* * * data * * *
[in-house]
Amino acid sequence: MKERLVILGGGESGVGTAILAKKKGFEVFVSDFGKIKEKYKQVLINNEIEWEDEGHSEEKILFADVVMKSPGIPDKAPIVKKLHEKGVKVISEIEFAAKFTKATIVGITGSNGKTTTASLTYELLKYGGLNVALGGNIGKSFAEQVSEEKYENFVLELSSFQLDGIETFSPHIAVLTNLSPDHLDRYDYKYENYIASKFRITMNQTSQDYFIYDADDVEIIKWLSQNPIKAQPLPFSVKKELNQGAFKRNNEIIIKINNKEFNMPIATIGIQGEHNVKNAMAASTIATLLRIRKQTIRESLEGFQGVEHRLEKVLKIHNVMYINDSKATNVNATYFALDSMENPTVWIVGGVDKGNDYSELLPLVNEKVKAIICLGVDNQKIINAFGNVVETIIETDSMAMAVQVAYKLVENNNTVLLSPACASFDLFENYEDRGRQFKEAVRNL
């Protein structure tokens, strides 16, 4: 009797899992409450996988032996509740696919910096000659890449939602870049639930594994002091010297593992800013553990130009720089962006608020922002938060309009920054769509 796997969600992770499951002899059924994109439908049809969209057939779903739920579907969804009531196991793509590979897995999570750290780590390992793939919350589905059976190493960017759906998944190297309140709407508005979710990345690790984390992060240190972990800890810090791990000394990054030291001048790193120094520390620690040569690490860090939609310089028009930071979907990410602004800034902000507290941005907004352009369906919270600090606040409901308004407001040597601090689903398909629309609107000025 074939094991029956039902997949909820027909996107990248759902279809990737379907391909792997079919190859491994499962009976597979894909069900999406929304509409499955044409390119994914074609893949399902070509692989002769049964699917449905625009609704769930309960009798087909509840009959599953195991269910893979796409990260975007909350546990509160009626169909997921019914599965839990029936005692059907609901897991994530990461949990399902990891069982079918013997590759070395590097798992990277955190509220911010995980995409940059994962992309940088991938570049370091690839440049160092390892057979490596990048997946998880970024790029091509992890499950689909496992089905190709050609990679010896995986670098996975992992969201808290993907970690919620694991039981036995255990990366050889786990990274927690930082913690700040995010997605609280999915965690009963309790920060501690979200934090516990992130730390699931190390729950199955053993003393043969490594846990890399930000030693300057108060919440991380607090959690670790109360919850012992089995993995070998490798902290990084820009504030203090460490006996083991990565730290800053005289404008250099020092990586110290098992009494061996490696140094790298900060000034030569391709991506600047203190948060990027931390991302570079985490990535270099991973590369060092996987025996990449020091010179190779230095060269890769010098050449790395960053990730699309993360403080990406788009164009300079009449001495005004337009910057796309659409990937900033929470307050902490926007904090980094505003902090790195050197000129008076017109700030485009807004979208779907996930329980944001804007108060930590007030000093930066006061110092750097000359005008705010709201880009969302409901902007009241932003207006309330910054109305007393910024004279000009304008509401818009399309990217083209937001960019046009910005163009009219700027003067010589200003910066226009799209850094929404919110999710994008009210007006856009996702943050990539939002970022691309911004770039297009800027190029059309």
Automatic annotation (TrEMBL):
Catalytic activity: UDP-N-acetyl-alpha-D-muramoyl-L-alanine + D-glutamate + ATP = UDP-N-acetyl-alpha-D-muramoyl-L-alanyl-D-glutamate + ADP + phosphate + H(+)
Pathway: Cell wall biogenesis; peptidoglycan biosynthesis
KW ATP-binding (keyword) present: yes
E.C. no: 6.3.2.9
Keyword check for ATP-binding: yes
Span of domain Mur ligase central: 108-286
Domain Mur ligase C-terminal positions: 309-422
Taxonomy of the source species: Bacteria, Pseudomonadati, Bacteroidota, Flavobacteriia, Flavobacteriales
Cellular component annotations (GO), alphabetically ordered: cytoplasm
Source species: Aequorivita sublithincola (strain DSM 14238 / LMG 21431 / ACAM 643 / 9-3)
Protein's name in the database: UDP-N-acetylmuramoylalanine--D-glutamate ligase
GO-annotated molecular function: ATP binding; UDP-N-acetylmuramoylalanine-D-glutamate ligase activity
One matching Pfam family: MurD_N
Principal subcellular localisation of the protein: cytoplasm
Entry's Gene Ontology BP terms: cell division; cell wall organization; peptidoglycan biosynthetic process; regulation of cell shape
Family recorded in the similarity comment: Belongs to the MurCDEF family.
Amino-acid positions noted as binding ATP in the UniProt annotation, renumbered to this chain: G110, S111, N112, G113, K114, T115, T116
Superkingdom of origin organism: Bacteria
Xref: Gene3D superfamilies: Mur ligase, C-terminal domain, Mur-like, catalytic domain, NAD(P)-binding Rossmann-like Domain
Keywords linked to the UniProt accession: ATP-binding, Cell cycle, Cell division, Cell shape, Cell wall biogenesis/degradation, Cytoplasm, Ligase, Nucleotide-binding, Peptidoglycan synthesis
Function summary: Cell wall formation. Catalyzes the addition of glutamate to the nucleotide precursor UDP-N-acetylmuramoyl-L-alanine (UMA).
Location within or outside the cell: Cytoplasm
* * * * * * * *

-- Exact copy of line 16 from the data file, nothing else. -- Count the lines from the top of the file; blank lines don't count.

GO-annotated molecular function: ATP binding; UDP-N-acetylmuramoylalanine-D-glutamate ligase activity